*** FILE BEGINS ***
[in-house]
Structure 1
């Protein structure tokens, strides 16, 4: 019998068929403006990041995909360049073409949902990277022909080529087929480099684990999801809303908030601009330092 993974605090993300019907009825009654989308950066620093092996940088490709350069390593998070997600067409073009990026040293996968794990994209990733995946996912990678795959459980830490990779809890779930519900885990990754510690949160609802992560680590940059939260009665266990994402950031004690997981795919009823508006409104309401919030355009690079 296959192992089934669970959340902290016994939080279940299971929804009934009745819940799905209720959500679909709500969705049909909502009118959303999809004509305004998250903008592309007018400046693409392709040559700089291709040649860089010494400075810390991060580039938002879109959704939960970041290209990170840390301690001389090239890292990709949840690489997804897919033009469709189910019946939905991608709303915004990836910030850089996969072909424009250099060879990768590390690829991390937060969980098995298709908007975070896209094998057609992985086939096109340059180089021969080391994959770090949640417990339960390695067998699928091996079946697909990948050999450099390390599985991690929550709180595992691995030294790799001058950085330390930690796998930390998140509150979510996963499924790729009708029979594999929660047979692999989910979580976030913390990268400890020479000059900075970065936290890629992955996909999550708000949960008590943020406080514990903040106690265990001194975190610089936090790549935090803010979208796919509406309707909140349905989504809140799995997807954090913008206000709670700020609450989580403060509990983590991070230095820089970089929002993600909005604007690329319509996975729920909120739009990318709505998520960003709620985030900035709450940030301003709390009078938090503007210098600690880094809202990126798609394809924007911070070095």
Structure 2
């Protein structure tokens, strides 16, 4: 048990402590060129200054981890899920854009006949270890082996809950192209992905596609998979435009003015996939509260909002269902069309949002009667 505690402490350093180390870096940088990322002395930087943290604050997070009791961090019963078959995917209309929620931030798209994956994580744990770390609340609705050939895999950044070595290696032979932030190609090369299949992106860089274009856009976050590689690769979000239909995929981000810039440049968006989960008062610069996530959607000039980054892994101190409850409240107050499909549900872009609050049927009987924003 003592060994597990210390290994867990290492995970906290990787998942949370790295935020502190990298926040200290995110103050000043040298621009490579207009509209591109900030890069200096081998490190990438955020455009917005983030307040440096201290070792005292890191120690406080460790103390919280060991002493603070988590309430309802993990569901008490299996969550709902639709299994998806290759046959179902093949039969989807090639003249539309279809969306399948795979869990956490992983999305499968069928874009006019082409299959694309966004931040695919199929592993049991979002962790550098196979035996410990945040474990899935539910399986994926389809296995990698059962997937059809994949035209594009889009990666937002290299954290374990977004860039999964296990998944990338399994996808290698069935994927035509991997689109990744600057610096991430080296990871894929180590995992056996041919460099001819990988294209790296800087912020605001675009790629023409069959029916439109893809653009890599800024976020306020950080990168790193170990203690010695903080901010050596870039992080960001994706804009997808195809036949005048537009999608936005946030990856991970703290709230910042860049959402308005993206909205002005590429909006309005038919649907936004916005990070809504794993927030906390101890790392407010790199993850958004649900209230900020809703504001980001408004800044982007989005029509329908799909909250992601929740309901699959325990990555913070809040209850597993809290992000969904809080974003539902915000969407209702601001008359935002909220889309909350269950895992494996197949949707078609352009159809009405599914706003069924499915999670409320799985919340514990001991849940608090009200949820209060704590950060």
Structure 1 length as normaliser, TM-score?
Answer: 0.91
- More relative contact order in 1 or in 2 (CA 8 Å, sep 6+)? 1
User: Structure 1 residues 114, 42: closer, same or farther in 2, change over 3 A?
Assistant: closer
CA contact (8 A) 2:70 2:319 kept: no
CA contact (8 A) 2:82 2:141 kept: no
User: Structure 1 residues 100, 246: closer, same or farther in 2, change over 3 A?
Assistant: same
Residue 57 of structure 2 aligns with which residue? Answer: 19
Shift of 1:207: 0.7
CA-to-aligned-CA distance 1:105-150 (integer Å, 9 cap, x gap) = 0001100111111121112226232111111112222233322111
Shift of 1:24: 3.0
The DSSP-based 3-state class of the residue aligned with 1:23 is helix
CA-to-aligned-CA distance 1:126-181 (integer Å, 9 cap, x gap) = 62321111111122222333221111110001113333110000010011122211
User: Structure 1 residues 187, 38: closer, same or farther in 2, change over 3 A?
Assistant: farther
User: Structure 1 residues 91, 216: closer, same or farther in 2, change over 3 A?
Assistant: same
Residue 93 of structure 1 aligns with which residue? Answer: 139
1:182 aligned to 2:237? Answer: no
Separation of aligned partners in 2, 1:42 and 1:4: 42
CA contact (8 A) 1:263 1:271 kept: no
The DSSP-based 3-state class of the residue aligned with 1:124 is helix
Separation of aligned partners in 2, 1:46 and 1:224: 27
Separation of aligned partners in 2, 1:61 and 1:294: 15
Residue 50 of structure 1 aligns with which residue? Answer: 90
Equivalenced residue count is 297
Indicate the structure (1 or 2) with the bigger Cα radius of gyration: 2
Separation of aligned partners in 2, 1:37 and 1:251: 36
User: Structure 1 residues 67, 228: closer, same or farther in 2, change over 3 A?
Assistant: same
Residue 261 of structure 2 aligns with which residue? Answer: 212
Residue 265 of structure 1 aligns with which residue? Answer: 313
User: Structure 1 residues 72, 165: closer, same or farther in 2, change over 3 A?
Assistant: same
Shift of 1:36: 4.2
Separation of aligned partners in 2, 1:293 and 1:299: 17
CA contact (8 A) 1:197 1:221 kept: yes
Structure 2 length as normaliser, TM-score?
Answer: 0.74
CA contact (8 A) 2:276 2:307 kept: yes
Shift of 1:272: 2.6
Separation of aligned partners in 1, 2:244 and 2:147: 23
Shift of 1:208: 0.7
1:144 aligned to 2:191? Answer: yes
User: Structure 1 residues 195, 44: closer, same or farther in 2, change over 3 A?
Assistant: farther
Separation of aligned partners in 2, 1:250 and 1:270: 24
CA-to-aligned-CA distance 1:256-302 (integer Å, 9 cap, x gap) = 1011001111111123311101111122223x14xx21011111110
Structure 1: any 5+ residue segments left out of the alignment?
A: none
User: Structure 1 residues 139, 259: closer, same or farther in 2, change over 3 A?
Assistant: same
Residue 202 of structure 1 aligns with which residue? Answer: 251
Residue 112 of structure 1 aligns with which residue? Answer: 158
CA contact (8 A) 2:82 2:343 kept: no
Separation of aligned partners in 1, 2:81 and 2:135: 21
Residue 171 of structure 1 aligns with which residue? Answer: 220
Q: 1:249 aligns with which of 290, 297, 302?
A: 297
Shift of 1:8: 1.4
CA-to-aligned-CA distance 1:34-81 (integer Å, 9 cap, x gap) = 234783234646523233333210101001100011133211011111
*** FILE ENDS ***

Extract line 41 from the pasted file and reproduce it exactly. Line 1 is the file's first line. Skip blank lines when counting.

Assistant: same